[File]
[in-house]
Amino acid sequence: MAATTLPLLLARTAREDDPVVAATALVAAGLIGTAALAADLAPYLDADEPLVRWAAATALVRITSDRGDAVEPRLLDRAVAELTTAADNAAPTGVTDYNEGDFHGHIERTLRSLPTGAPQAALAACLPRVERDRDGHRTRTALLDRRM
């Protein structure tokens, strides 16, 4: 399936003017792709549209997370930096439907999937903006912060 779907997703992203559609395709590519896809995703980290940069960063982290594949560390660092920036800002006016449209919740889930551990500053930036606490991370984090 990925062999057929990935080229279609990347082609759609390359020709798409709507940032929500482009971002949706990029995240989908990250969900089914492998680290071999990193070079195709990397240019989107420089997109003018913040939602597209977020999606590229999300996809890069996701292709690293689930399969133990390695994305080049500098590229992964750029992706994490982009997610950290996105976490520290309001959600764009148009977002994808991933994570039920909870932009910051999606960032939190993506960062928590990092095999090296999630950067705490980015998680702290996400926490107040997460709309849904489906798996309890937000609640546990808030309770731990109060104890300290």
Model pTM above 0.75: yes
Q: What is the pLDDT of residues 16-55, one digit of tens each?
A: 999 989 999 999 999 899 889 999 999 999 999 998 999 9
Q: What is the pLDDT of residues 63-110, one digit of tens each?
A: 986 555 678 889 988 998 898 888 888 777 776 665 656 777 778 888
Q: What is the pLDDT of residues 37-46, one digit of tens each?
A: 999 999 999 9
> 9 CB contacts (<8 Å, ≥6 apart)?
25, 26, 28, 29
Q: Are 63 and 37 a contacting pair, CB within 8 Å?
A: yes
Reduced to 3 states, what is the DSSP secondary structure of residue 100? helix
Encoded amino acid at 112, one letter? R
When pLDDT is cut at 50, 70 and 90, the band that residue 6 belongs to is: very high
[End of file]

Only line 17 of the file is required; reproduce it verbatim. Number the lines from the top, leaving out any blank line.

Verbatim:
When pLDDT is cut at 50, 70 and 90, the band that residue 6 belongs to is: very high